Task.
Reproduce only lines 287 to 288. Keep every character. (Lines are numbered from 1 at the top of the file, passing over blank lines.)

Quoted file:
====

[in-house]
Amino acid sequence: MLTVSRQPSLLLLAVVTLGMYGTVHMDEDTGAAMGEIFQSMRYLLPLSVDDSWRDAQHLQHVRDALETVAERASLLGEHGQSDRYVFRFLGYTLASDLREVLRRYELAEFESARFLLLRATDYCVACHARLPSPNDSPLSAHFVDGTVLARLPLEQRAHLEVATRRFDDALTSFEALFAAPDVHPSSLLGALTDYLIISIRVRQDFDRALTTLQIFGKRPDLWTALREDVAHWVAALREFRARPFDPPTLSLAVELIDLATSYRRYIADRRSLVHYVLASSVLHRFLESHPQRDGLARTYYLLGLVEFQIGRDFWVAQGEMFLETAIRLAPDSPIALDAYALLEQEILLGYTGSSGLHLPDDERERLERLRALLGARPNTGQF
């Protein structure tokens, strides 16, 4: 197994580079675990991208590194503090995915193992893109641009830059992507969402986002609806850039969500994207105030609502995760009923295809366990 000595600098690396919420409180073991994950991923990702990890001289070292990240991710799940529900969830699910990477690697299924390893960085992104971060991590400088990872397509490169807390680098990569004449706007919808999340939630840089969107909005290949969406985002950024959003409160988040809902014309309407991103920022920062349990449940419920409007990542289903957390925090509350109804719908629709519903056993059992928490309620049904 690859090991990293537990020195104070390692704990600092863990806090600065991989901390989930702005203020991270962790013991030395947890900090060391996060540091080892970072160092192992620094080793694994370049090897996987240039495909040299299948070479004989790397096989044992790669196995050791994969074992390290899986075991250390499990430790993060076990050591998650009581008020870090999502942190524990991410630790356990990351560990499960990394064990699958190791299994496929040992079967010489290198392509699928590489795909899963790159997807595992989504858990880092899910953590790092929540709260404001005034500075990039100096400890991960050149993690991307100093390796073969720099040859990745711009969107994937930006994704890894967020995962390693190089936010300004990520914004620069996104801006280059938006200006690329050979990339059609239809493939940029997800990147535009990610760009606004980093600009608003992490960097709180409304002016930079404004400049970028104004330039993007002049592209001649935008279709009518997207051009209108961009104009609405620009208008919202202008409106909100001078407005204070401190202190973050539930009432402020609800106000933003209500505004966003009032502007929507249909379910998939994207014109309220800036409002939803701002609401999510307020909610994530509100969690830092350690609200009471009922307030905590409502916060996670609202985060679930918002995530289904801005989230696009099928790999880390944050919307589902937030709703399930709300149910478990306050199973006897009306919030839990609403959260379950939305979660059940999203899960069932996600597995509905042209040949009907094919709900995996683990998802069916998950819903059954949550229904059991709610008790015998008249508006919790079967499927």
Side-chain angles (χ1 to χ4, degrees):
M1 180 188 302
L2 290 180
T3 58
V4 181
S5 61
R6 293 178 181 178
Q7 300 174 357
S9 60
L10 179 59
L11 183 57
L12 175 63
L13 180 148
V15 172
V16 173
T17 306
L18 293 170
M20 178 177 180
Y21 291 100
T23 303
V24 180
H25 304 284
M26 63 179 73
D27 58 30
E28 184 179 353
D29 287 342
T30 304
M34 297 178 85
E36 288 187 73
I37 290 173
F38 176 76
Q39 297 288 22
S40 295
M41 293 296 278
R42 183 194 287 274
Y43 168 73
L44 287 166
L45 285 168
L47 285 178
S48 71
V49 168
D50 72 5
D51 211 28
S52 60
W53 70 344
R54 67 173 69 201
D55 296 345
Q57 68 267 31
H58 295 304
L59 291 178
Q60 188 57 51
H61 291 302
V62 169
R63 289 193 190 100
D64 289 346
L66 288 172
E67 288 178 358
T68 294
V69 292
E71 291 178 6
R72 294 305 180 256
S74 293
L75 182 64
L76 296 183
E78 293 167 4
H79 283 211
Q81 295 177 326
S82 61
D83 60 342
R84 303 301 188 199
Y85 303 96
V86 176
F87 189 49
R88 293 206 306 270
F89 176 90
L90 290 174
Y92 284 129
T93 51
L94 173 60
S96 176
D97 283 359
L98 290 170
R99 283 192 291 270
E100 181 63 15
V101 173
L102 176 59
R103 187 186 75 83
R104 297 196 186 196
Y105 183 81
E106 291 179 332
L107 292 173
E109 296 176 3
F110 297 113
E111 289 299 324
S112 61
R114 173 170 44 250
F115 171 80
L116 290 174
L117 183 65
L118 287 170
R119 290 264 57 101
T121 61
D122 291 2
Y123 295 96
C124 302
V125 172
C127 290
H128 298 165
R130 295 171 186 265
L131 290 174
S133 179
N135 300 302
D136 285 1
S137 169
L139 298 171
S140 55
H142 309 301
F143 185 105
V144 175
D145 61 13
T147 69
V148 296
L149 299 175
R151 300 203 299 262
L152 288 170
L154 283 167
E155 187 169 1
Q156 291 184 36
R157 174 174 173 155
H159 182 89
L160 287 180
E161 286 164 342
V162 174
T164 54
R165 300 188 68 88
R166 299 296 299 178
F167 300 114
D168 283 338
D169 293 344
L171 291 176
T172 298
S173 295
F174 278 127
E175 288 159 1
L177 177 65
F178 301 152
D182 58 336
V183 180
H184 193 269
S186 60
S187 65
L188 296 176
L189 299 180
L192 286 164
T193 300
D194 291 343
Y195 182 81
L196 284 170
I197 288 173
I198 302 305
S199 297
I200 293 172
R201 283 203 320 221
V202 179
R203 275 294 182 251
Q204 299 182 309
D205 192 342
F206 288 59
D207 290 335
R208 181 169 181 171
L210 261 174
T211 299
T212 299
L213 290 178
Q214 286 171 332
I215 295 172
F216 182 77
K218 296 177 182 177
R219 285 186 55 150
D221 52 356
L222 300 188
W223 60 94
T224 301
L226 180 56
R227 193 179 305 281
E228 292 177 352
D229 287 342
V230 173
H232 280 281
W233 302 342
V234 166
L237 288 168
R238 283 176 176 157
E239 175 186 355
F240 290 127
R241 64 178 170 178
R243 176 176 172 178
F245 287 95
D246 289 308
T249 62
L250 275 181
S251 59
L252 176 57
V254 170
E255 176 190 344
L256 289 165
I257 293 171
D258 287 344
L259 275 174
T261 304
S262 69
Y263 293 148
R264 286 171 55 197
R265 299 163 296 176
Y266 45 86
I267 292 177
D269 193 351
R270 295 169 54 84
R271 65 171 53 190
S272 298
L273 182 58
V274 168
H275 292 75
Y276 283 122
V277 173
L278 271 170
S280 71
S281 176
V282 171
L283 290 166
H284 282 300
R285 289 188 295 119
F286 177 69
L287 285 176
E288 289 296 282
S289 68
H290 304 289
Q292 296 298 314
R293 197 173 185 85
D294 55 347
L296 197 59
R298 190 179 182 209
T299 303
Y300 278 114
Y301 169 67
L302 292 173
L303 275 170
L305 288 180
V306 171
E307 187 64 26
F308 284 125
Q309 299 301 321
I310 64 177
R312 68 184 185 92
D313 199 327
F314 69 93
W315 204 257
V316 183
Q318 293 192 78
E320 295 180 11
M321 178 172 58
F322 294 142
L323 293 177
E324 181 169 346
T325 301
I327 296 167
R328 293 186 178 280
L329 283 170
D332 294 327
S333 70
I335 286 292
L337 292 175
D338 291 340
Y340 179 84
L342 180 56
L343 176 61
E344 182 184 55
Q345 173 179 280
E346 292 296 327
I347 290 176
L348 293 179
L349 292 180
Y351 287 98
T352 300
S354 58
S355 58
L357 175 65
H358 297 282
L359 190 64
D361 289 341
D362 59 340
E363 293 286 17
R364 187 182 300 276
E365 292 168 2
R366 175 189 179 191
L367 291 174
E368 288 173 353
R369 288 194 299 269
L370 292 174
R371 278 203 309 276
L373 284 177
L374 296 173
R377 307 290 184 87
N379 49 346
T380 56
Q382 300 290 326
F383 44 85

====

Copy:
T352 300
S354 58